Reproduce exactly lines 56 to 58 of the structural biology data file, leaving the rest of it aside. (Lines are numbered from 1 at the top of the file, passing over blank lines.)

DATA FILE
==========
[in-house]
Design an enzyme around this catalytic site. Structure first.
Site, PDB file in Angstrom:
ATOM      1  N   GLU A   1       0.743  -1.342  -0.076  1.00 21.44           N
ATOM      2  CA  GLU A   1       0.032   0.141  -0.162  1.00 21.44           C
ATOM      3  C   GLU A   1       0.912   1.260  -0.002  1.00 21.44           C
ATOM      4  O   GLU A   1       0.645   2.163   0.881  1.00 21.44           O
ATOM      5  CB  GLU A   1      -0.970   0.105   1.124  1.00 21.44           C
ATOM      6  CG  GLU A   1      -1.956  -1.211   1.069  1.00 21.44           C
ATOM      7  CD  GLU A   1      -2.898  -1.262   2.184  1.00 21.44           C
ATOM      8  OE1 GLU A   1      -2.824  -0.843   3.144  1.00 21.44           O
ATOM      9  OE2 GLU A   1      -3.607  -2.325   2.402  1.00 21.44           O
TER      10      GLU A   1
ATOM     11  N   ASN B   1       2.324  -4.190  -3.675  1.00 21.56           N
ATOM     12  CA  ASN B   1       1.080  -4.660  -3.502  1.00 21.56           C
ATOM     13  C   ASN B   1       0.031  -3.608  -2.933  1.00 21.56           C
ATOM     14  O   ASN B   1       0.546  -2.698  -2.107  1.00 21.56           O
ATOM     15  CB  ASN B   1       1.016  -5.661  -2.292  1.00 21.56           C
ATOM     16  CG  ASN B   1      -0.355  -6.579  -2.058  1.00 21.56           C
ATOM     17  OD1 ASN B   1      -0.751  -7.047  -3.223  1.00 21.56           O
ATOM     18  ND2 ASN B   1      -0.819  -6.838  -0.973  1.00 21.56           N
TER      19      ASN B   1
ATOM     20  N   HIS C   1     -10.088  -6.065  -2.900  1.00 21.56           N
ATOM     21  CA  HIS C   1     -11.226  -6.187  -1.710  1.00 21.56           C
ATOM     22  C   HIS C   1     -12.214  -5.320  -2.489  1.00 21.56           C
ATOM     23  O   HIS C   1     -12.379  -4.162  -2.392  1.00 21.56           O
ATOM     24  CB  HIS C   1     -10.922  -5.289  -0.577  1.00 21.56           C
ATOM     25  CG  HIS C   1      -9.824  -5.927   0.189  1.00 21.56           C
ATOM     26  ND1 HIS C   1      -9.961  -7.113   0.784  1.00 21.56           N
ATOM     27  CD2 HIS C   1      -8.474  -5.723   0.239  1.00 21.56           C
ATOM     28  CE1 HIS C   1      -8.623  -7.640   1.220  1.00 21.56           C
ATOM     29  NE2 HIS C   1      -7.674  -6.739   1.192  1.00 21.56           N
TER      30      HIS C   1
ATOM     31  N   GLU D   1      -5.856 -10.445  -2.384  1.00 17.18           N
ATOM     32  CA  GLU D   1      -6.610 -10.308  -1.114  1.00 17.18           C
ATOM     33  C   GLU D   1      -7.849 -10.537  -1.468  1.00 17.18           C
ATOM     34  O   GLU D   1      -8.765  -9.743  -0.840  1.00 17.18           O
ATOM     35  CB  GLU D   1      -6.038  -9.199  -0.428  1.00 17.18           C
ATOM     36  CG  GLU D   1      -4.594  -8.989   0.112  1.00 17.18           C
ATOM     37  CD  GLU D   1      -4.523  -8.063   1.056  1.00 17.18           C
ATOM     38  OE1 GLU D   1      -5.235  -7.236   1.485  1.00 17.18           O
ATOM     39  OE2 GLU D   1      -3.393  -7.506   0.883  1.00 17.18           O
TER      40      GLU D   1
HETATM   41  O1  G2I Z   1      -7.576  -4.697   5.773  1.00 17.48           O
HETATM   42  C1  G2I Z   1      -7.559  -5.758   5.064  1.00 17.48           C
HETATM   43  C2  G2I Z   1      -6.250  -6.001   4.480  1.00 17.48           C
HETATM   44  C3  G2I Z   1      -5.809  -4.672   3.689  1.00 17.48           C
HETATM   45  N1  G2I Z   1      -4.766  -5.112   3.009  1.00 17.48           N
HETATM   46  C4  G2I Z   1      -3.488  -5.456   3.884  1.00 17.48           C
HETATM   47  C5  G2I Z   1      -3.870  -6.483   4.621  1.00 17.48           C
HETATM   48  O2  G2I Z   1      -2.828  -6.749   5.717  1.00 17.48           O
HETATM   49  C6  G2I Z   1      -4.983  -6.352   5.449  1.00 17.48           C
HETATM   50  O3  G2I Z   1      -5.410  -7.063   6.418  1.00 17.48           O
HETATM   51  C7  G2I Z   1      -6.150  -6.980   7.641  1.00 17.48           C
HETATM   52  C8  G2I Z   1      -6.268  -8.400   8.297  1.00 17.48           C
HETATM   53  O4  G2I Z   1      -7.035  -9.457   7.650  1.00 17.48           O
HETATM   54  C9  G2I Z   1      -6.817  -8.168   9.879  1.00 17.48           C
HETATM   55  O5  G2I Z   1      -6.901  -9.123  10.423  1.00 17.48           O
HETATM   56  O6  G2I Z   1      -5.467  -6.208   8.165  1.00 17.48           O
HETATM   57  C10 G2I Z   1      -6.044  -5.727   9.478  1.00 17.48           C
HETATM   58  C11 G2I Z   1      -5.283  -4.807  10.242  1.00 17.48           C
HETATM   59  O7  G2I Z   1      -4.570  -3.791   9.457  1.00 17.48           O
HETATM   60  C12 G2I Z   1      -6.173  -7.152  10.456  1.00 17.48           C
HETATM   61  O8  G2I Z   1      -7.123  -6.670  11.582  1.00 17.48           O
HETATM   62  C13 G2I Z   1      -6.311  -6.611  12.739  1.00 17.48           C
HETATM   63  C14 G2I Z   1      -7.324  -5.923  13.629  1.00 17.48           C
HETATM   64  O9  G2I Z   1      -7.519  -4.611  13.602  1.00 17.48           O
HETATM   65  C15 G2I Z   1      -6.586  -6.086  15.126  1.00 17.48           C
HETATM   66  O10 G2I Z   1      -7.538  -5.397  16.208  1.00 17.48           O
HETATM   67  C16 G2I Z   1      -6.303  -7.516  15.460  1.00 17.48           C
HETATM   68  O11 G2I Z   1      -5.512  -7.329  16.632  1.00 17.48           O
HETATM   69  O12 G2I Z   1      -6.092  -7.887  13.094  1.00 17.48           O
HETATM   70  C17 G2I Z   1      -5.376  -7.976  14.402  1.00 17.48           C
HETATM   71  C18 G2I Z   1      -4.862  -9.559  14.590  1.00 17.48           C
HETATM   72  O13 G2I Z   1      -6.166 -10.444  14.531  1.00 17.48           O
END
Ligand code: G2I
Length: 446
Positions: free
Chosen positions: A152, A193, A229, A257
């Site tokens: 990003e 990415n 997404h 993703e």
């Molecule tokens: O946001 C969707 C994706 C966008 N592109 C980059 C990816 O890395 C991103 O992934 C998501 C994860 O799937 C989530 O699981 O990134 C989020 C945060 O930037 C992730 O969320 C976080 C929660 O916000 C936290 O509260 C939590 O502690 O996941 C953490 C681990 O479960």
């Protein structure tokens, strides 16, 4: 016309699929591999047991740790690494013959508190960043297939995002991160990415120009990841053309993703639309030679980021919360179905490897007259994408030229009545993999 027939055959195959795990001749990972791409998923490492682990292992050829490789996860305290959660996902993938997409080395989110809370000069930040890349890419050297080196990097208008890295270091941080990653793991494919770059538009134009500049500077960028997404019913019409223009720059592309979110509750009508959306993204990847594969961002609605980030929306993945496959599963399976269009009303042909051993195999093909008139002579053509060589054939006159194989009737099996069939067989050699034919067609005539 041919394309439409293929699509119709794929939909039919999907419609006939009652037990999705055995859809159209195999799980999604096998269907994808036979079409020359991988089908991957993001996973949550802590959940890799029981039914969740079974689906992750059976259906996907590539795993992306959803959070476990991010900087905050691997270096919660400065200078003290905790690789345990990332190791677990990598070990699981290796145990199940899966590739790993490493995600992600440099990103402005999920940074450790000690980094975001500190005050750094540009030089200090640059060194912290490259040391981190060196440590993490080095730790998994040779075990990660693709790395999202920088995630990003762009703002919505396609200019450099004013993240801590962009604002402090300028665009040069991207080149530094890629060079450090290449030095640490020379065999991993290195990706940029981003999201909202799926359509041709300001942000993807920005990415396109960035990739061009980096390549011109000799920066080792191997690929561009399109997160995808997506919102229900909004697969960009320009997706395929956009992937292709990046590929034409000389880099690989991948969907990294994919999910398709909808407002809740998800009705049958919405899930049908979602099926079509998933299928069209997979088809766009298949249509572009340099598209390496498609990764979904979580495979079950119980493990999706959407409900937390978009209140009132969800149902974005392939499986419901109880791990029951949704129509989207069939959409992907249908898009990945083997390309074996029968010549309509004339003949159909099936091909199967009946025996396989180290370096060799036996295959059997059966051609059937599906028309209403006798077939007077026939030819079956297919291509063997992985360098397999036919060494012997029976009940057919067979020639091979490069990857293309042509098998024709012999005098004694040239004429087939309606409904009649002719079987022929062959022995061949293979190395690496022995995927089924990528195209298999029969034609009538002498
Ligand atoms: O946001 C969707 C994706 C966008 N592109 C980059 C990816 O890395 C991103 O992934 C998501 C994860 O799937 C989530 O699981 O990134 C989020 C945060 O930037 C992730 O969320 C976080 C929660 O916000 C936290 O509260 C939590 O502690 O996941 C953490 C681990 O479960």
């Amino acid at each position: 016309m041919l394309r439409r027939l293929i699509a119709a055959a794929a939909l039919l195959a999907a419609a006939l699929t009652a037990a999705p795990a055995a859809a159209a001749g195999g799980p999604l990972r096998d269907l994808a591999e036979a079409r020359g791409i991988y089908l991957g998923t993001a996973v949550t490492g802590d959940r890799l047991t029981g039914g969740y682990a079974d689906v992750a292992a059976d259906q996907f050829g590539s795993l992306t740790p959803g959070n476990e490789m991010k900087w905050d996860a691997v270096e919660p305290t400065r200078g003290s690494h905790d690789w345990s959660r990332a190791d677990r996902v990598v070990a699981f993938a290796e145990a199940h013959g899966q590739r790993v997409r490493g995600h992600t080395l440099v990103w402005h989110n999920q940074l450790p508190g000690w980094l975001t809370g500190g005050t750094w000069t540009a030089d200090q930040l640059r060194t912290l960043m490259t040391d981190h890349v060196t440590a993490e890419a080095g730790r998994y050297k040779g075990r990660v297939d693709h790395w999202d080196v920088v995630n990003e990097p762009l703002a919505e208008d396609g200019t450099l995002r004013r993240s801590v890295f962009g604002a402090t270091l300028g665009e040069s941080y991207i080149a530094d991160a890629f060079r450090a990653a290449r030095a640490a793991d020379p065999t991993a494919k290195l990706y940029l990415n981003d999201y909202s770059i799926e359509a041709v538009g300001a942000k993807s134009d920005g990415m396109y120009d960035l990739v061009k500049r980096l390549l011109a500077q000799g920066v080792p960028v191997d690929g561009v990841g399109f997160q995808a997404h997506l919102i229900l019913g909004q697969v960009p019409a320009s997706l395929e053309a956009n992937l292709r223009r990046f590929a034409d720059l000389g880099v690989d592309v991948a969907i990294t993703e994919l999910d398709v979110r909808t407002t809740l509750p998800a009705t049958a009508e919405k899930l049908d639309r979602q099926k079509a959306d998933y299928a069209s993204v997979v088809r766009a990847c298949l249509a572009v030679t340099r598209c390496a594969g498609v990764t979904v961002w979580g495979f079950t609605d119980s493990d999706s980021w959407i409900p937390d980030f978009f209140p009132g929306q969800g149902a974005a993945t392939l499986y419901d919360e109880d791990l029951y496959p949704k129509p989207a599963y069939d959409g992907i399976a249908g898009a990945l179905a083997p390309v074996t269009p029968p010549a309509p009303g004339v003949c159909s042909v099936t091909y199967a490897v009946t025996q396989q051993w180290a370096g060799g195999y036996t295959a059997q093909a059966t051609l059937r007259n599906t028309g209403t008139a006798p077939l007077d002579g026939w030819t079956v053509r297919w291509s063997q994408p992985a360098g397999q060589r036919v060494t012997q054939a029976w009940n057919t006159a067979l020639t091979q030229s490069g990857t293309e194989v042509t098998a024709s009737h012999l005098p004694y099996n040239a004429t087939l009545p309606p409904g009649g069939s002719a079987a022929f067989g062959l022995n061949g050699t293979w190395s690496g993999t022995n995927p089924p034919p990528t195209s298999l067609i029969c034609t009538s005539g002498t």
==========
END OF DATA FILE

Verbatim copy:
HETATM   53  O4  G2I Z   1      -7.035  -9.457   7.650  1.00 17.48           O
HETATM   54  C9  G2I Z   1      -6.817  -8.168   9.879  1.00 17.48           C
HETATM   55  O5  G2I Z   1      -6.901  -9.123  10.423  1.00 17.48           O